Arizona Charter Makes Top 100 List
When Newsweek released its list of the top 100 high schools in the nation May 1, a charter school in Tucson made history.
BASIS Tucson--which started out as "Beginning Academic Success in School" eight years ago but is now called by its acronym--ranked third in the nation, the highest place achieved by any charter school since the list's inception in 1998. BASIS Tucson is the first Arizona high school ever to make Newsweek's top 100.
The list identifies the most rigorous public high schools in the country, based on Washington Post writer Jay Matthews' "Challenge Index," a ratio between the number of Advanced Placement (AP) and/or International Baccalaureate (IB) exams taken by all students and the number of graduating seniors. Even if high school students don't pass exams in such advanced courses, taking them helps prepare students for more challenging college coursework.
"It's pretty exciting," said BASIS cofounder Michael Block. "I'm not sure we could have achieved this so quickly in any other state but Arizona, given our strong charter school movement."
Freedom to Innovate
Two factors are largely responsible for BASIS's success: Freedom and rigor. Charter schools are public schools, following the same admissions and testing requirements as traditional public schools. However, they are independently operated, not run by school districts. Freed from district control and micromanagement of curricula, charter schools have more freedom to innovate, giving rise to a wide variety of schools--from those serving at-risk students to those, like BASIS, offering college preparatory curricula.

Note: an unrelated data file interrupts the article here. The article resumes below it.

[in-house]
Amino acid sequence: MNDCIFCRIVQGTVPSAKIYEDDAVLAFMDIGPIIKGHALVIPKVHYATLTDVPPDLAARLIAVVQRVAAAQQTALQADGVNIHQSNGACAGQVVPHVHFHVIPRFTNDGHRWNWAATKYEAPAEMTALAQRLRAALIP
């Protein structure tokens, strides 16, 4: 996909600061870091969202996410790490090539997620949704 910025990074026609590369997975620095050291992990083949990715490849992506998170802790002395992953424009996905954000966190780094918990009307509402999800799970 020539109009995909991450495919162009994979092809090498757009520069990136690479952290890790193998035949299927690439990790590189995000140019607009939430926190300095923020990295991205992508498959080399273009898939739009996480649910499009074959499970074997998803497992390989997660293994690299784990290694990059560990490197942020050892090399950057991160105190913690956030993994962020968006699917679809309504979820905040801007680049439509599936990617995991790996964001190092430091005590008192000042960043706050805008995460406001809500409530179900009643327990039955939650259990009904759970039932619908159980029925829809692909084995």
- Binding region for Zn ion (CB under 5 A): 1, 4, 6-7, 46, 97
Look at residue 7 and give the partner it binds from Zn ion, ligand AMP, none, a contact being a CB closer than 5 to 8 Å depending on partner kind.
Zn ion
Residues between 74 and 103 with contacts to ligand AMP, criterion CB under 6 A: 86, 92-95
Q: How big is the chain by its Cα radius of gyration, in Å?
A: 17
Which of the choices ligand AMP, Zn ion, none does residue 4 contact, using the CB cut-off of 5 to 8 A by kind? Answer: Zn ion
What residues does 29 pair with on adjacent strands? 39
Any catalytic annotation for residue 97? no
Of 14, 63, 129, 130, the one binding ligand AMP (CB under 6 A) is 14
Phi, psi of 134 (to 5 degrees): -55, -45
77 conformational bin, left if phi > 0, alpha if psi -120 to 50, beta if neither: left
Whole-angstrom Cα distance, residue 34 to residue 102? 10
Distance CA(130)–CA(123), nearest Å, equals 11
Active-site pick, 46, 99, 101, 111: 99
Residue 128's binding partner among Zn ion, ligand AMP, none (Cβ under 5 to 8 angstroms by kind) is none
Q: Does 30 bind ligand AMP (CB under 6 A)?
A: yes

"As a charter school, BASIS can freely innovate with key learning inputs like curriculum design, teacher pay, and student testing," said Darcy Olsen, president of the Goldwater Institute, a free-market think tank in Phoenix. "Teachers and administrators, for instance, have significant bonuses tied to student achievement. But as a charter school, BASIS also bears responsibility for student learning. If students don't learn, parents can take their business elsewhere."
Passed in 1997, Arizona's charter law doesn't limit the number of schools that can open under the program, nor does it cap the number of charter students. With a simple, easy-to-navigate chartering process, parents, teachers, and administrators open roughly 70 percent of all charter schools statewide. Consequently, educators such as BASIS Tucson founders Olga and Michael Block are free to start schools where there's the greatest need.
Olga, who taught college in her native Czech Republic, and Michael, a University of Arizona economics professor, founded BASIS Tucson in 1998 because their search for a quality school for their daughter left them frustrated by the lack of rigor in what were supposed to be Arizona's best public schools. Although only the high school is included in the Newsweek ranking, BASIS Tucson is a grades 5-12 college preparatory charter school offering a twenty-first century liberal arts curriculum with a rigorous science and math program. Students take physics, chemistry, and biology beginning in sixth grade, and algebra beginning in seventh grade.
To graduate, the high school students must take a minimum of six AP exams and seven AP courses, including calculus or advanced math; two of three science courses in biology, chemistry, and physics; two English courses; and two history courses. BASIS students are also required to take fine arts, participate in athletics, study a foreign language each year, and complete a senior project either by interning at a public- or private-sector institution or by enrolling in an external study program in America or abroad.